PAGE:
The value of the loonie has fallen around 20% relative to the U.S. dollar in the past two years, and 2016 could be a good year for Canada’s tourism industry to reap the benefits of American travellers turning their attentions north of the border.
The number of travellers from the States increased by 1.6 million in 2015 compared with 2014, and this year should see a similar jump in visits, according to a TD Economics report released February 8.
“Since 2002, cross-border flows of travel and spending have been heavily tilted toward the south,” TD said in its report. “But a plunge in the Canadian dollar is turning the tables by curtailing Canadian visits to the U.S. and stimulating more American visits to Canada.
“American spending in Canada is poised to rise to Cdn$9.6 billion – the highest level in over a decade.”
According to the report, in 2002, the amount spent by Canadians in the U.S. was roughly about the same as what Americans spent in Canada. This changed dramatically in the next decade.
“By 2013, a whopping gap of nearly Cdn$17 billion was recorded, owing to a combination of strong growth in short and longer haul stays by Canadians stateside and a dramatic decline in U.S. visits to Canada,” the report said.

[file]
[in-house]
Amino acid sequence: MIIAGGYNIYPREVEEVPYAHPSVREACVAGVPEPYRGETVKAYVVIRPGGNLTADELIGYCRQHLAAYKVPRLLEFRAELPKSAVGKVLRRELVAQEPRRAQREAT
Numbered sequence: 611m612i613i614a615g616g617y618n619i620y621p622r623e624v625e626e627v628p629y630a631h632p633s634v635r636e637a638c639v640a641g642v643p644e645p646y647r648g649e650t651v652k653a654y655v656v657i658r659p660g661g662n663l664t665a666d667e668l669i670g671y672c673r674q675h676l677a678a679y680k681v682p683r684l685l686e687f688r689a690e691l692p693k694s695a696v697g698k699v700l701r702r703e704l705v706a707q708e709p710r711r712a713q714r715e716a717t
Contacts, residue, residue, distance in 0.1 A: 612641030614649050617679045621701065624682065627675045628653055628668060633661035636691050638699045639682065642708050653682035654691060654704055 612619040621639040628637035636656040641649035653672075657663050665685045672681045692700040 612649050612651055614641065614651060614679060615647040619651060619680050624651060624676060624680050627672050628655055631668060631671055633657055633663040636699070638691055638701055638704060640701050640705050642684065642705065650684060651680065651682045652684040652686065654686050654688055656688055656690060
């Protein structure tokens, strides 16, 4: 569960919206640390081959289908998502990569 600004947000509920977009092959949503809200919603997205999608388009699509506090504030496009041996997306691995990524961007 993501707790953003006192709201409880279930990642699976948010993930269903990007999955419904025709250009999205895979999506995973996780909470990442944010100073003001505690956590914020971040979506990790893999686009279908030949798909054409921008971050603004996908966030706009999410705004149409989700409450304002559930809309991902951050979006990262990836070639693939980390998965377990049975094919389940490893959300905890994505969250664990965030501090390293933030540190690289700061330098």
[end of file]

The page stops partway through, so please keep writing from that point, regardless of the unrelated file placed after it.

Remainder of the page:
“Put another way, total American outlays in Canadian malls, hotels and restaurants amounted to only 30 cents of each dollar spent by Canadians in the United States.”
The trend has been reversing since 2013, however. As Canadians have been paying as much as a 30-40% premium on goods and services in the U.S. as the value of the loonie has plunged, travel to the States has fallen considerably.
“With the slide in the loonie likely to continue this year, we expect that the cross-border spending deficit will narrow for a third straight year in 2016 – to about Cdn$11 billion,” the report said.
“This reversal in cross-border spending flows will deliver benefits to the Canadian economy. In addition to the lift provided by increased U.S. traffic, a significant share of the money that would have been spent by Canadians in U.S. destinations is no doubt being redeployed in Canada.”
Longer stays by Canadians in Canada have remained strong, however, TD said. This includes stays by ‘snowbirds,’ which largely consists of Canadian retirees spending half the year in the U.S.
“Many Canadians will be inclined to keep a hold of their existing U.S. properties, some will rent and a few will still opt to purchase real estate in prime U.S. markets for lifestyle reasons or to profit on expectations of further home price appreciation.”